Russia’s President Vladimir Putin has signed the digital ruble bill into law, allowing the country’s central bank to issue a central bank digital currency (CBDC) in the hopes that it will help combat inflation and the heavy economic sanctions imposed on the country after its invasion of Ukraine.
The bill makes amendments to Russia’s Civil Code, specifically articles related to the regulation of non-cash funds, adding rules for using digital rubles. Under the law, the Bank of Russia is tasked with storing digital ruble assets and will be the principal operator of the digital ruble infrastructure, making the digital currency an official CBDC.
CBDCs are digital forms of a country’s fiat currency issued and regulated by a central bank.
The Bank of Russia can now begin broadly piloting an official CBDC, but indicated that there will be no obligatory transfer to the digital ruble when they are finally in use.
“The most important thing we are going to talk about is the voluntariness. It [the use of the digital ruble] will be a personal choice. Some people, for example, don’t use smartphones and are not going to use them. There will be other forms of currency available for them, to which they are accustomed, both cash and non-cash,” Elvira Nabiullina, governor of the central bank, told the lower chamber of the Russian Parliament.
The bill passed its third and final hearing in the state Duma on July 11 and had been waiting for the president to sign, which he did on July 23.
The passage of the bill into law was fairly smooth, but it was a long road to get to this point.
A long time coming
Discussion of the digital ruble began in October 2020 when the head of the central bank mooted a possible CBDC pilot.
“We view this project as promising, it fits into the concept of the digital economy,” Nabiullina said in a press conference at the time.
The prototype platform for the digital ruble was finished in December 2021, and a few months later, in February 2022, Russia’s central bank announced the start of a—limited—pilot program with 12 Russian banks to test the digital ruble platform.
The Central Bank decided the program had been a success as, on July 11, the Russian Parliament passed the Digital Ruble law, approving a full CBDC pilot and setting down the rules by which the Bank of Russia will interact with participants and users.
Russia’s plans for a CBDC were likely accelerated by the war in Ukraine, which began in February 2022—just after Russia’s central bank announced the start of testing on its digital ruble platform.
Russia could have foreseen a Western reaction to its illegal invasion, but the level and severity of the sanctions were unprecedented, leaving the economy struggling, fiat currency inflating, and, crucially, cutting the country off from the international payment system that powers most international money and security transfers.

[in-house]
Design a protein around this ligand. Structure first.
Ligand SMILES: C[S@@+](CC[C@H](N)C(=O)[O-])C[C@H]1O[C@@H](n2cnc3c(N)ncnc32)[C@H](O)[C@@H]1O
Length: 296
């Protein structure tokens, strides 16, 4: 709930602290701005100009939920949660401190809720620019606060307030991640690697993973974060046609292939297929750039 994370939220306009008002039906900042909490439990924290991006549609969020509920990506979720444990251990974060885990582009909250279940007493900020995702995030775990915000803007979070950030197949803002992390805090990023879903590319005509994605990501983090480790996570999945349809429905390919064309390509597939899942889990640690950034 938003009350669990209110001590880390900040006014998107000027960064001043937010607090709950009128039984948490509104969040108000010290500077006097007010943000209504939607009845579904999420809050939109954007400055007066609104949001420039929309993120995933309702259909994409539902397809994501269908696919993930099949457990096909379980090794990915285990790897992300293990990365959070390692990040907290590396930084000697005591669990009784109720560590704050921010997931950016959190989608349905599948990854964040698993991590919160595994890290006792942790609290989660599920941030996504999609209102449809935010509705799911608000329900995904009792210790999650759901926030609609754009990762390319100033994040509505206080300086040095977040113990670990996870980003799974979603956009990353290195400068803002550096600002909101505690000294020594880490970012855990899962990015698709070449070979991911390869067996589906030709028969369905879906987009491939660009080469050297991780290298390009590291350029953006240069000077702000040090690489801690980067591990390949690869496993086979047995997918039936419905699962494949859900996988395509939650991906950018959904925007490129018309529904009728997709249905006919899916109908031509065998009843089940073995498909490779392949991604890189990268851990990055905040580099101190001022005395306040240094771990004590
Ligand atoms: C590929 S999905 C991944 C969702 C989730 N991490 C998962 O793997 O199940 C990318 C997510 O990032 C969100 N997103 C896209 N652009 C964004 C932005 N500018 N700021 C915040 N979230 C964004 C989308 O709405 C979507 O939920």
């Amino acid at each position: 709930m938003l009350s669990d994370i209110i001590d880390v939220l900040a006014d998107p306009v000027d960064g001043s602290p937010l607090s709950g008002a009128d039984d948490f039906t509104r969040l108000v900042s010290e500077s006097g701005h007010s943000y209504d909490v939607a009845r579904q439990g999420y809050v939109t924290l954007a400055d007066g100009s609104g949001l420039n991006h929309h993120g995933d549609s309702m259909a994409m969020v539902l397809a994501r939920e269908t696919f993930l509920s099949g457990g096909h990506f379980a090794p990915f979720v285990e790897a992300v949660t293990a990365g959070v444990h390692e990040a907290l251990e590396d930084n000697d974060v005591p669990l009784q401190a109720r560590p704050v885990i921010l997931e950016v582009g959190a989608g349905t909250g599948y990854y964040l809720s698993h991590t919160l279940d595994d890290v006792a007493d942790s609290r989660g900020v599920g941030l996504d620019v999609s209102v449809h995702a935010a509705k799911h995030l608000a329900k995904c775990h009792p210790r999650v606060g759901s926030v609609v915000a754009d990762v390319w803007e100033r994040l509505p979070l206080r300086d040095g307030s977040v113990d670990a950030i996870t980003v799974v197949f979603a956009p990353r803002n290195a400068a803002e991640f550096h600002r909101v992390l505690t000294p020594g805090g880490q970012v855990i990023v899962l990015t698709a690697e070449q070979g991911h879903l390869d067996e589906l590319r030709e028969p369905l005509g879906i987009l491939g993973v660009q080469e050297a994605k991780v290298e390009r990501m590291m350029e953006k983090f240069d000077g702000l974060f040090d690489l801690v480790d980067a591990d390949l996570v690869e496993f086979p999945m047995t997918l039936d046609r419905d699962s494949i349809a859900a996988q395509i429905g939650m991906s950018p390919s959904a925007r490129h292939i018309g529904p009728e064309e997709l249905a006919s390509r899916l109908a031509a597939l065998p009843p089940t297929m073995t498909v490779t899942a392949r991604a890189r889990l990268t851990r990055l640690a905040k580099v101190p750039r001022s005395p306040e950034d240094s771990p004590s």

Monday’s announcement of the digital ruble law will heighten existing concerns, amongst those imposing restrictions on Russia, that a state-backed digital currency could be used to circumvent sanctions.
After Russia’s invasion of Ukraine, the U.S. barred Russia from making debt payments using foreign currency held in U.S. banks, as well as freezing Russia’s U.S.-based assets to prevent it from using its foreign reserves to prop up the struggling ruble. The U.K. also excluded key Russian banks from the U.K. financial system, froze the assets of Russian banks, and prevented Russian firms from borrowing money.
However, the most severe punishment was barring major Russian banks—including Bank Otkritie, Novikombank, Promsvyazbank, Rossiya Bank, Sovcombank, VEB, and VTB—from the international financial messaging system, Society for Worldwide Interbank Financial Telecommunication (SWIFT).
SWIFT is the most important and widely used network for financial institutions to send and receive information, such as money transfer instructions.
By barring Russia from this system, payments to the country for its oil and gas exports were delayed, forcing it to explore other money transfer options.
In January 2023, it was reported that Russia’s central bank had begun exploring using a CBDC to settle cross-border transactions and get around economic sanctions.
“The main thing is to have agreements between two or more countries,” Skorobogatova said. “If there are such agreements, then the integration of digital currencies can really replace SWIFT because payments and information on them will take place in a completely different settlement infrastructure than now.”
Whether the digital ruble will provide Russia a panacea to sanctions and cross-border payment restrictions is difficult to predict—not least because the country’s particular situation, and CBDCs themselves, represent uncharted waters for international finance.
Monday’s amendment to the Russian Constitution will come into effect on August 1. Still, the digital ruble is not expected to be fully launched until 2025, after the completion of expanded pilot projects.
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